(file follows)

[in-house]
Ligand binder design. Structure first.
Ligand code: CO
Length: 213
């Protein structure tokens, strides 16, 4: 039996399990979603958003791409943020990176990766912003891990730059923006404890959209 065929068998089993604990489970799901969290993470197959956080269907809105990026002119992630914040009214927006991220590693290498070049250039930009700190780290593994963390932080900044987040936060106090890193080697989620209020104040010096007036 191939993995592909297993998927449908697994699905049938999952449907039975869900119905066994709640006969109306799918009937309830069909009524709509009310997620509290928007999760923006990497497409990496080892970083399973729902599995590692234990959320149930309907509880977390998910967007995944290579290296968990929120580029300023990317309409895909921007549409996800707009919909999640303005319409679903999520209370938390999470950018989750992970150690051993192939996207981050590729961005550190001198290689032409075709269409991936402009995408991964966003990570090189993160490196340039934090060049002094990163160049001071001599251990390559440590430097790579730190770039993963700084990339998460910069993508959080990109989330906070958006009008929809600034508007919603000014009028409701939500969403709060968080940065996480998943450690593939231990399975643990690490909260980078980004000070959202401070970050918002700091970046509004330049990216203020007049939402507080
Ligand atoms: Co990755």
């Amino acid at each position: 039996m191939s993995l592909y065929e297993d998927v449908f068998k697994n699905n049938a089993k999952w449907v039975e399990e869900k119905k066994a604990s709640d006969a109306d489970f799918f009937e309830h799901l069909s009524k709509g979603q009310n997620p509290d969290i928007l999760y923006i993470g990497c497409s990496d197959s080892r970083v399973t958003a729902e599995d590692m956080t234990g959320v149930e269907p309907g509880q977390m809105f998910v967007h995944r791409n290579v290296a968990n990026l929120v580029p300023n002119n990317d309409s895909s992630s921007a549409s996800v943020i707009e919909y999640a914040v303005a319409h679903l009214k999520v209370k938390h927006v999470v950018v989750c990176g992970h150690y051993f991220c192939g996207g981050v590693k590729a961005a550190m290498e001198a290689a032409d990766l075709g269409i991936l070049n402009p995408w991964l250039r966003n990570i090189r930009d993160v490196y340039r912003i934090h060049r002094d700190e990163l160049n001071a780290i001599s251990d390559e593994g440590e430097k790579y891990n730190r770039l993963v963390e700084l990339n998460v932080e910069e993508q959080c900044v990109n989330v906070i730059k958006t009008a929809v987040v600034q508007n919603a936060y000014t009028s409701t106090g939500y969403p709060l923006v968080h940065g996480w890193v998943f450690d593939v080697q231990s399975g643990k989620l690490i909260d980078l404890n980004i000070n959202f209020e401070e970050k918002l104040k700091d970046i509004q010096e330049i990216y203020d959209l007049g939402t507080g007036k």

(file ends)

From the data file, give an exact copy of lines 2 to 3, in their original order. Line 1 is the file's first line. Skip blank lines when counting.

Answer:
Ligand binder design. Structure first.
Ligand code: CO